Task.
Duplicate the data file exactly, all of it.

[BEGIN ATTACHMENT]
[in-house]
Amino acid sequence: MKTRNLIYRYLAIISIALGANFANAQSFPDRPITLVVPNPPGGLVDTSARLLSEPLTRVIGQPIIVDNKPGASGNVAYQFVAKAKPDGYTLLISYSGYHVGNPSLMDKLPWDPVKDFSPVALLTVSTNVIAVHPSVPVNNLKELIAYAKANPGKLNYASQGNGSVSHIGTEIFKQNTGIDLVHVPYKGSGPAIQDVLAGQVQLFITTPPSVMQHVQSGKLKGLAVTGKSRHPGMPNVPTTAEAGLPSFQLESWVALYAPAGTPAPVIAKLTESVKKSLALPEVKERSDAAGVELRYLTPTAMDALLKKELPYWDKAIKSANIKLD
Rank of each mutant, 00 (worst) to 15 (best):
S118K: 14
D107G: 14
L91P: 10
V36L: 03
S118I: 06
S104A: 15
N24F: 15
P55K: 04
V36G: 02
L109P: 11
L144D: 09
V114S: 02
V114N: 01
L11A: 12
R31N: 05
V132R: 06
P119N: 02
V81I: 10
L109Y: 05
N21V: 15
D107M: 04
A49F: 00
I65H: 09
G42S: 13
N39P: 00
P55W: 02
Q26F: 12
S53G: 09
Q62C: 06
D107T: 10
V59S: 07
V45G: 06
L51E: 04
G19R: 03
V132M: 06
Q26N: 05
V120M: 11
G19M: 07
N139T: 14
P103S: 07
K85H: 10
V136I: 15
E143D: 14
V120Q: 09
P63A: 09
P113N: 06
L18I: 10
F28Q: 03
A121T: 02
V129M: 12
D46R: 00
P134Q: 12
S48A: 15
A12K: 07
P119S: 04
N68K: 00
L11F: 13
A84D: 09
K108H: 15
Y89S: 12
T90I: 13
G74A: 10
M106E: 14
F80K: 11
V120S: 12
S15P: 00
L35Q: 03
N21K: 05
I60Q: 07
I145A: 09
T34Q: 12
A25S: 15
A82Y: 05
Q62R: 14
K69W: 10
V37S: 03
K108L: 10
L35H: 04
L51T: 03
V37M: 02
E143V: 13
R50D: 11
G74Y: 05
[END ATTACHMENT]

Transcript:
[in-house]
Amino acid sequence: MKTRNLIYRYLAIISIALGANFANAQSFPDRPITLVVPNPPGGLVDTSARLLSEPLTRVIGQPIIVDNKPGASGNVAYQFVAKAKPDGYTLLISYSGYHVGNPSLMDKLPWDPVKDFSPVALLTVSTNVIAVHPSVPVNNLKELIAYAKANPGKLNYASQGNGSVSHIGTEIFKQNTGIDLVHVPYKGSGPAIQDVLAGQVQLFITTPPSVMQHVQSGKLKGLAVTGKSRHPGMPNVPTTAEAGLPSFQLESWVALYAPAGTPAPVIAKLTESVKKSLALPEVKERSDAAGVELRYLTPTAMDALLKKELPYWDKAIKSANIKLD
Rank of each mutant, 00 (worst) to 15 (best):
S118K: 14
D107G: 14
L91P: 10
V36L: 03
S118I: 06
S104A: 15
N24F: 15
P55K: 04
V36G: 02
L109P: 11
L144D: 09
V114S: 02
V114N: 01
L11A: 12
R31N: 05
V132R: 06
P119N: 02
V81I: 10
L109Y: 05
N21V: 15
D107M: 04
A49F: 00
I65H: 09
G42S: 13
N39P: 00
P55W: 02
Q26F: 12
S53G: 09
Q62C: 06
D107T: 10
V59S: 07
V45G: 06
L51E: 04
G19R: 03
V132M: 06
Q26N: 05
V120M: 11
G19M: 07
N139T: 14
P103S: 07
K85H: 10
V136I: 15
E143D: 14
V120Q: 09
P63A: 09
P113N: 06
L18I: 10
F28Q: 03
A121T: 02
V129M: 12
D46R: 00
P134Q: 12
S48A: 15
A12K: 07
P119S: 04
N68K: 00
L11F: 13
A84D: 09
K108H: 15
Y89S: 12
T90I: 13
G74A: 10
M106E: 14
F80K: 11
V120S: 12
S15P: 00
L35Q: 03
N21K: 05
I60Q: 07
I145A: 09
T34Q: 12
A25S: 15
A82Y: 05
Q62R: 14
K69W: 10
V37S: 03
K108L: 10
L35H: 04
L51T: 03
V37M: 02
E143V: 13
R50D: 11
G74Y: 05